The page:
View more on twitter

    Campaigners in Uganda had gone to court to challenge the order saying that it had not given enough time for people to register. 

    The government says the move is necessary to track criminals, amid heightened security concerns following the murder of the country’s police spokesperson last month.

    There are an estimated 19 million mobile phone users in the country.   

  18. Uganda traders protest against foreign hawkers

    BBC Monitoring

    News from around the globe

    Traders in Uganda's capital, Kampala, closed their shops for several hours today in protest at what they see as unfair competition from Indian and Chinese rivals. 

    Local newspapers are reporting that a leader of the protest action David Lwanga was taken away by police. 

    Kampala Mayor Erias Lukwago, addressed the protesting traders who deal in construction materials. 

    The New Vision newspaper said the protesters complained that they paid taxes to import goods from China, while their Chinese counterparts allegedly didn't have to pay any taxes and undercut local traders. 

    New Vision quoted one trader, Ronald Kiwuwa, as saying: "If they are here as investors, let them go and start factories, production plants and leave retail business for Ugandans."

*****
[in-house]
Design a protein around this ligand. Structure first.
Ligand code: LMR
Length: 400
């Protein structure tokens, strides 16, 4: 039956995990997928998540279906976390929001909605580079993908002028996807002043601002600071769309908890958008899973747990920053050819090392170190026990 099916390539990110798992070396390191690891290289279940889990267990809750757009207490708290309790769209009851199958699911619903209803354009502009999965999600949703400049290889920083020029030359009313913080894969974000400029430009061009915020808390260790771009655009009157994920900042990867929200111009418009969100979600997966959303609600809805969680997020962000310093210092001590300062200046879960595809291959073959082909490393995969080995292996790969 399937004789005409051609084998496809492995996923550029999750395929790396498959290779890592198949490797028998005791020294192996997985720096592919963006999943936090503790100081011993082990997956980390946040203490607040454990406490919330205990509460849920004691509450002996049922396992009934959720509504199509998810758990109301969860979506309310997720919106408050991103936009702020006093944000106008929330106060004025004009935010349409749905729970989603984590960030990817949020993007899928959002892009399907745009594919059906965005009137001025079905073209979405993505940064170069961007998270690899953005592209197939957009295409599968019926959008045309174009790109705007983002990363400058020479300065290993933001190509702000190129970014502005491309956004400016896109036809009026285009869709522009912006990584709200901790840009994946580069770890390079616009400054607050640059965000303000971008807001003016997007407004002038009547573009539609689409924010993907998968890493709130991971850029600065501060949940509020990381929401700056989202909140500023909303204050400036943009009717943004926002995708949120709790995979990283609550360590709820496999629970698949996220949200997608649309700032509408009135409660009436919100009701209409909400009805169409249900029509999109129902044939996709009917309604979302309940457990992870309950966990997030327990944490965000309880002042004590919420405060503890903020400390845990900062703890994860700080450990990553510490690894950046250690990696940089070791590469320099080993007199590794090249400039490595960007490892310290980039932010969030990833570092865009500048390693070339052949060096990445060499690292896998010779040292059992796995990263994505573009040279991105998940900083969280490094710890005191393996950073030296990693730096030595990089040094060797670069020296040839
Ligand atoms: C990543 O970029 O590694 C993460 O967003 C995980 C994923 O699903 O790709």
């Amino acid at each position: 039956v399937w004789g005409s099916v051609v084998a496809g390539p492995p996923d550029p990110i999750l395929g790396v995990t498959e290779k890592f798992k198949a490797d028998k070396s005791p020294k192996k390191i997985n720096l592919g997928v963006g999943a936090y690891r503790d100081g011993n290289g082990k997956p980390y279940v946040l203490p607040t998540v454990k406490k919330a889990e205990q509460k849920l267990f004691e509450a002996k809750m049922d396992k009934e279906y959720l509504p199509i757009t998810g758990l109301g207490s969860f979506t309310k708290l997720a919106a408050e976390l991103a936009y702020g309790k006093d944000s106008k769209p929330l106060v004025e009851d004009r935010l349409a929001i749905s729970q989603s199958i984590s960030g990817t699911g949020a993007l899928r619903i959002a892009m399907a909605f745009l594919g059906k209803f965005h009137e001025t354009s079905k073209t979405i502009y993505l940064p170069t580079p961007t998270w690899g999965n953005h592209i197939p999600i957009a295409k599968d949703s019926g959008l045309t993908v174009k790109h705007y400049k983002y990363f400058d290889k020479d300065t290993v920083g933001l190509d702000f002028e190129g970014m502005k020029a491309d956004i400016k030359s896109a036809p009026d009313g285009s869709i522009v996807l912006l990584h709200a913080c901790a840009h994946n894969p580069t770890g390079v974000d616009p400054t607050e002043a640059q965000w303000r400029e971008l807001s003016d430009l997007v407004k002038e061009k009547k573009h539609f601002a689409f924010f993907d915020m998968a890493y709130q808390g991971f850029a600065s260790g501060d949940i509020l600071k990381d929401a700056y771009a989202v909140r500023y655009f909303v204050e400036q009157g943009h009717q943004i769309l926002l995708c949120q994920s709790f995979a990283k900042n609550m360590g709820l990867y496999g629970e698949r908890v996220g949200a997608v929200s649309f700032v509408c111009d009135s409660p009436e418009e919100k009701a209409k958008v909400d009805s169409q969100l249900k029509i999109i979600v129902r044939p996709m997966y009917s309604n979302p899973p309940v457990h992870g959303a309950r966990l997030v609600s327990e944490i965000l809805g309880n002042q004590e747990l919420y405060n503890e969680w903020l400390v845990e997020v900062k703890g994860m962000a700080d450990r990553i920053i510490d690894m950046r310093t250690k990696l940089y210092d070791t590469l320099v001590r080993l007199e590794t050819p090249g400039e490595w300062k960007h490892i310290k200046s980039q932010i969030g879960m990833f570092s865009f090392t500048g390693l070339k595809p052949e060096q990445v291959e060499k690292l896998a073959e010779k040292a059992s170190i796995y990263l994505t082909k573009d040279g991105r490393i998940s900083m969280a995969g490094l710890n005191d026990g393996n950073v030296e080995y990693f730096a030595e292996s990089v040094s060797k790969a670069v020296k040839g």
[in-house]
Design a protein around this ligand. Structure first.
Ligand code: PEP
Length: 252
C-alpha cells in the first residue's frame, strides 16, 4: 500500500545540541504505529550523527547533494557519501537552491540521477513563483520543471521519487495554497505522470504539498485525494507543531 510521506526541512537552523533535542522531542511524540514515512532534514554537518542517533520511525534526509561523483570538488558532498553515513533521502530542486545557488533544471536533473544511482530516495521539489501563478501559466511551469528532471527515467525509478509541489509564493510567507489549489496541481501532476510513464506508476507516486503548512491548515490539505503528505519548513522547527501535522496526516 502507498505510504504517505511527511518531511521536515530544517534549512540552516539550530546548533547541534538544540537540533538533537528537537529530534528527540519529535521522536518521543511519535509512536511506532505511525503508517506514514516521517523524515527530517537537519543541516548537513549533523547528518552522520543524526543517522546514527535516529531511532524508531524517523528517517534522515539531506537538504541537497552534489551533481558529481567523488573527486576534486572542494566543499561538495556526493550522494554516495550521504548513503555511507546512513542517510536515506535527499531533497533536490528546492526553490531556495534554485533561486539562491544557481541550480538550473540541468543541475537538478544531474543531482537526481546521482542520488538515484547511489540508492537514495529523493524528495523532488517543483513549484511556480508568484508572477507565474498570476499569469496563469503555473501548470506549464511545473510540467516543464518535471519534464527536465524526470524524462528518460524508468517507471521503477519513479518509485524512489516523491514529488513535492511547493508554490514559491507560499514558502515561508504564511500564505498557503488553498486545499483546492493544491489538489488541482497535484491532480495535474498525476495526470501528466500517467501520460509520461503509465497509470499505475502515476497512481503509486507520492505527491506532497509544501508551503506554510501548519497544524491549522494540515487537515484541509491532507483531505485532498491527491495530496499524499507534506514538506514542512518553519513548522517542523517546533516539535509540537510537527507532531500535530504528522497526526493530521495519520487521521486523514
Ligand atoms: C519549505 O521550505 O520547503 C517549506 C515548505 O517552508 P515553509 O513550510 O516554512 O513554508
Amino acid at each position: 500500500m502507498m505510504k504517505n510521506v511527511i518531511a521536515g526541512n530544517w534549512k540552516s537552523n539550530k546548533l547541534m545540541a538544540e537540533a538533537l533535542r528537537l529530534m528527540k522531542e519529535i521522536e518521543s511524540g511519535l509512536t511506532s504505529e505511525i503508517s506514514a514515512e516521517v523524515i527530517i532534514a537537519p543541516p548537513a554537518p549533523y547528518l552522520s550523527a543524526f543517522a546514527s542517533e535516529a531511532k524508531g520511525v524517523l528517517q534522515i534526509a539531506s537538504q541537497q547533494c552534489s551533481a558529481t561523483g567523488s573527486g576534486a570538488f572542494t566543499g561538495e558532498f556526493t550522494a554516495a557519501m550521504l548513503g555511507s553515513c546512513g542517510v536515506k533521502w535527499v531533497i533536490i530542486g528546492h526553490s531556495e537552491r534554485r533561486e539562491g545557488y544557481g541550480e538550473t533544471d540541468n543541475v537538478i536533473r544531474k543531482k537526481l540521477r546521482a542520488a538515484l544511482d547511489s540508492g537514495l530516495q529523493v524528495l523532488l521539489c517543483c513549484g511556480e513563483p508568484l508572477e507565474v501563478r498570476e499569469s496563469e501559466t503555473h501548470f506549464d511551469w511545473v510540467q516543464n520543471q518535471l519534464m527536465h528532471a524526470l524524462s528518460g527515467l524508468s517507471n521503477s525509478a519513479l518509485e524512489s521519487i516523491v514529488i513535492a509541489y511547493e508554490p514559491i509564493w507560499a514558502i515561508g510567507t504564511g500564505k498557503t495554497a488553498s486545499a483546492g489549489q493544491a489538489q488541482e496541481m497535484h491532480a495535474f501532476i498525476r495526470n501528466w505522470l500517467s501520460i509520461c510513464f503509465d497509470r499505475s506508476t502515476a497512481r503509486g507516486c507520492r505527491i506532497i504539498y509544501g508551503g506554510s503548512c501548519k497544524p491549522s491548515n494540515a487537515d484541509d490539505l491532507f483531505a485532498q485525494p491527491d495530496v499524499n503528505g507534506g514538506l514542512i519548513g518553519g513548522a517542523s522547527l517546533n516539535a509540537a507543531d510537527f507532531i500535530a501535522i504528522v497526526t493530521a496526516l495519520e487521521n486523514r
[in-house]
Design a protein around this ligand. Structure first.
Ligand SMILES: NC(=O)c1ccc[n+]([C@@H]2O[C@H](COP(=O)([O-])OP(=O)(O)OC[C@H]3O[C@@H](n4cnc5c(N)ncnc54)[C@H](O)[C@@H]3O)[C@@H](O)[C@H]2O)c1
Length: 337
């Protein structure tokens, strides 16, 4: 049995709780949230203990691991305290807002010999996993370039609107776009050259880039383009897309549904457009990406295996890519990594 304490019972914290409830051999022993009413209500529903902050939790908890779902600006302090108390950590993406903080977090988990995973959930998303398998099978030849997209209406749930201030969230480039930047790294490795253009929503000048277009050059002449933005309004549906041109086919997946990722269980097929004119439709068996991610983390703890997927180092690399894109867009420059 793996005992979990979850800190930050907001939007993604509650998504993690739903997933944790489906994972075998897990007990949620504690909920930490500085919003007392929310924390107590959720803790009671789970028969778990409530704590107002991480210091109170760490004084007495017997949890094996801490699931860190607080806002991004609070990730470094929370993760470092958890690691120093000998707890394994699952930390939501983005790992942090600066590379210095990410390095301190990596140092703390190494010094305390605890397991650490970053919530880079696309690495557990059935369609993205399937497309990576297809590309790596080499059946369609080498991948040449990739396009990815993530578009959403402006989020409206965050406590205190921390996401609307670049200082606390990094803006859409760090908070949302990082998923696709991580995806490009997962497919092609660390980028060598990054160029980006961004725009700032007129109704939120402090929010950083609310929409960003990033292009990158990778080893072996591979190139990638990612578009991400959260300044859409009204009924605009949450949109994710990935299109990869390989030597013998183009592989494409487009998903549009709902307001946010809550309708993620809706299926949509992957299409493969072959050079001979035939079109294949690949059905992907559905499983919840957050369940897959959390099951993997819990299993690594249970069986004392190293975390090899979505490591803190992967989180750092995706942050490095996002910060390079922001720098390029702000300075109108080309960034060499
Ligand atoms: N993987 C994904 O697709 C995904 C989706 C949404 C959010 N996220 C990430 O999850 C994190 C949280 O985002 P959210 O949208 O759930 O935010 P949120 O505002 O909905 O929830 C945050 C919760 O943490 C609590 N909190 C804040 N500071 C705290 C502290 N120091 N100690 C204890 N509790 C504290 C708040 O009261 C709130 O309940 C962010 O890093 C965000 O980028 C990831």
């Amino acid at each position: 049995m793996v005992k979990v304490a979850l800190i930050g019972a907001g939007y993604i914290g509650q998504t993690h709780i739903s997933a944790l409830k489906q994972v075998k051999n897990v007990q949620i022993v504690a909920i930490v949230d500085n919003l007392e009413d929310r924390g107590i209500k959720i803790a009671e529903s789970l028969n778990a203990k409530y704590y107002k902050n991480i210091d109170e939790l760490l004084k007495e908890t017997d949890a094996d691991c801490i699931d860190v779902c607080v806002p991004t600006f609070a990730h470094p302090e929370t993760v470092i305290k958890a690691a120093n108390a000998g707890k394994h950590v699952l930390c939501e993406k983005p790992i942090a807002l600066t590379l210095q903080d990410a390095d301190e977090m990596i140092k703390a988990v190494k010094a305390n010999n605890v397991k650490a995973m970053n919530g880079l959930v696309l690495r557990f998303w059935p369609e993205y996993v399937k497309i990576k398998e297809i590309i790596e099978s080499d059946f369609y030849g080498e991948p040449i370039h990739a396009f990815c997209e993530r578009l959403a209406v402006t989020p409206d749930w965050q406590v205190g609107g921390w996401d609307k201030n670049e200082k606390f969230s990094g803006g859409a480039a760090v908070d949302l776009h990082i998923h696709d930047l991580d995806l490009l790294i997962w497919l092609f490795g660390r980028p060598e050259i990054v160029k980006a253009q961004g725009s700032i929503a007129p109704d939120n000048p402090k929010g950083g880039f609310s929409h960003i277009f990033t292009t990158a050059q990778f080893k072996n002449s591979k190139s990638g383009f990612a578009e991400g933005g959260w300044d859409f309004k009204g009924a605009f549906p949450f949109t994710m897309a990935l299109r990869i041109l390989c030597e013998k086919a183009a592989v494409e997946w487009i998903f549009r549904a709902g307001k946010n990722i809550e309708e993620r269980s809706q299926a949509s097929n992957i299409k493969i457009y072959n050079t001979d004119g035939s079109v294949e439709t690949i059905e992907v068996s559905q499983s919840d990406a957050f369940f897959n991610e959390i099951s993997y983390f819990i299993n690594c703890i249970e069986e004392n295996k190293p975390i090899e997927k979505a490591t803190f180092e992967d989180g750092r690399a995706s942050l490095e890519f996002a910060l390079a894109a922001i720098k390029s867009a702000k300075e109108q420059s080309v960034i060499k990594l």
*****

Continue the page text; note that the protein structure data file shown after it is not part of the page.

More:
View more on twitter
  19. French soldier faces prison over Burkina Faso 'child sex abuse'

    Prosecutors in France have requested a sentence of six month in prison against a French soldier who has been on trial in Paris for child sex abuse in Burkina Faso. 

    The soldier initially denied the allegations before admitting inappropriate contact with two minors. 

    Prosecutors say 40-year-old Sebastien L, filmed himself touching two young girls sexually in a hotel pool in Burkina Faso's capital Ouagadougou in 2015. 

    The children's mother then found the footage on a camera that the soldier left behind.

    He was flown out to France to stand trial after the incident was brought to light. 

    The prosecutors asked the court for a one-year suspended prison sentence in addition to the actual six-month prison term.

    They also want the court to order the serviceman to take a compulsory counselling to address psychological issues as well as a problem with alcohol.   

  20. Uganda says Kony is no longer a threat

    Uganda's army says it has begun pulling its forces out of the Central African Republic where they have been fighting members of the Ugandan rebel group the Lord's Resistance Army (LRA).

    The LRA, led by Joseph Kony, were notorious for terrorising the population of northern Uganda in the 1990s and the first decade of this century.

    Its fighters, including Kony, were forced from Uganda into neighbouring South Sudan. Later, under pressure from an international force, they went into the Central African Republic.

    The Ugandan army says that the LRA's "capacity and means of making war against Uganda have been degraded".

    In a statement, it goes on to say:

    Quote Message: [Joseph Kony] with less than 100 armed fighters is now weak and ineffective. He no longer poses any significant threat to Uganda's security."
    file photo taken on November 12, 2006, shows the leader of the Lord"s Resistance Army (LRA), Joseph Kony
    Image caption: Joseph Kony founded the LRA in 1988

    Read more about Joseph Kony.